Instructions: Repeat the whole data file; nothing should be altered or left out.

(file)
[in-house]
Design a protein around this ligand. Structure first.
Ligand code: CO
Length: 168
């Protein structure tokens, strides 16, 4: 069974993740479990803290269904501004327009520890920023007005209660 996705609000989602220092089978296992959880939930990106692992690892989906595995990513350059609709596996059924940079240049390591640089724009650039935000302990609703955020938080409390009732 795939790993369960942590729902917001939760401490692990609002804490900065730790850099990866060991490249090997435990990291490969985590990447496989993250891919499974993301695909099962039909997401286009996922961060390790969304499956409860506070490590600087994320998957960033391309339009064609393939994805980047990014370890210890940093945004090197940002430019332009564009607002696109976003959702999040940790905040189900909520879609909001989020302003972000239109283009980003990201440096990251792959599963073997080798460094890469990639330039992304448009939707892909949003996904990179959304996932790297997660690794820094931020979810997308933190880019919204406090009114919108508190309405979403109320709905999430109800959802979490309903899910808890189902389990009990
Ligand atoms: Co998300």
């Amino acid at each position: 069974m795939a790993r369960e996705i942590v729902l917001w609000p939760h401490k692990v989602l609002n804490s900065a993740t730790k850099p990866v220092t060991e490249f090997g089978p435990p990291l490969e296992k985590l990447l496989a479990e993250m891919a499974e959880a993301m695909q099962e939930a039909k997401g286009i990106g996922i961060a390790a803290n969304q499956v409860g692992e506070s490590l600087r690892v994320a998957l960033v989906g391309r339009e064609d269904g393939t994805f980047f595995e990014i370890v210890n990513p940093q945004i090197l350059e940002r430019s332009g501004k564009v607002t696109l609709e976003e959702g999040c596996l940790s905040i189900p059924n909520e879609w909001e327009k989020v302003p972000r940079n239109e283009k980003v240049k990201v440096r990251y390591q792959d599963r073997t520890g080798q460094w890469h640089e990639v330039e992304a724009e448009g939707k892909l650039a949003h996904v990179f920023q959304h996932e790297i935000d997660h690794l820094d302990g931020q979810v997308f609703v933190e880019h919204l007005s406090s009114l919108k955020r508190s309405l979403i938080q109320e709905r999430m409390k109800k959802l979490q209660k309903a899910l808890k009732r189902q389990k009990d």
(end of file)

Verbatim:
[in-house]
Design a protein around this ligand. Structure first.
Ligand code: CO
Length: 168
């Protein structure tokens, strides 16, 4: 069974993740479990803290269904501004327009520890920023007005209660 996705609000989602220092089978296992959880939930990106692992690892989906595995990513350059609709596996059924940079240049390591640089724009650039935000302990609703955020938080409390009732 795939790993369960942590729902917001939760401490692990609002804490900065730790850099990866060991490249090997435990990291490969985590990447496989993250891919499974993301695909099962039909997401286009996922961060390790969304499956409860506070490590600087994320998957960033391309339009064609393939994805980047990014370890210890940093945004090197940002430019332009564009607002696109976003959702999040940790905040189900909520879609909001989020302003972000239109283009980003990201440096990251792959599963073997080798460094890469990639330039992304448009939707892909949003996904990179959304996932790297997660690794820094931020979810997308933190880019919204406090009114919108508190309405979403109320709905999430109800959802979490309903899910808890189902389990009990
Ligand atoms: Co998300």
């Amino acid at each position: 069974m795939a790993r369960e996705i942590v729902l917001w609000p939760h401490k692990v989602l609002n804490s900065a993740t730790k850099p990866v220092t060991e490249f090997g089978p435990p990291l490969e296992k985590l990447l496989a479990e993250m891919a499974e959880a993301m695909q099962e939930a039909k997401g286009i990106g996922i961060a390790a803290n969304q499956v409860g692992e506070s490590l600087r690892v994320a998957l960033v989906g391309r339009e064609d269904g393939t994805f980047f595995e990014i370890v210890n990513p940093q945004i090197l350059e940002r430019s332009g501004k564009v607002t696109l609709e976003e959702g999040c596996l940790s905040i189900p059924n909520e879609w909001e327009k989020v302003p972000r940079n239109e283009k980003v240049k990201v440096r990251y390591q792959d599963r073997t520890g080798q460094w890469h640089e990639v330039e992304a724009e448009g939707k892909l650039a949003h996904v990179f920023q959304h996932e790297i935000d997660h690794l820094d302990g931020q979810v997308f609703v933190e880019h919204l007005s406090s009114l919108k955020r508190s309405l979403i938080q109320e709905r999430m409390k109800k959802l979490q209660k309903a899910l808890k009732r189902q389990k009990d």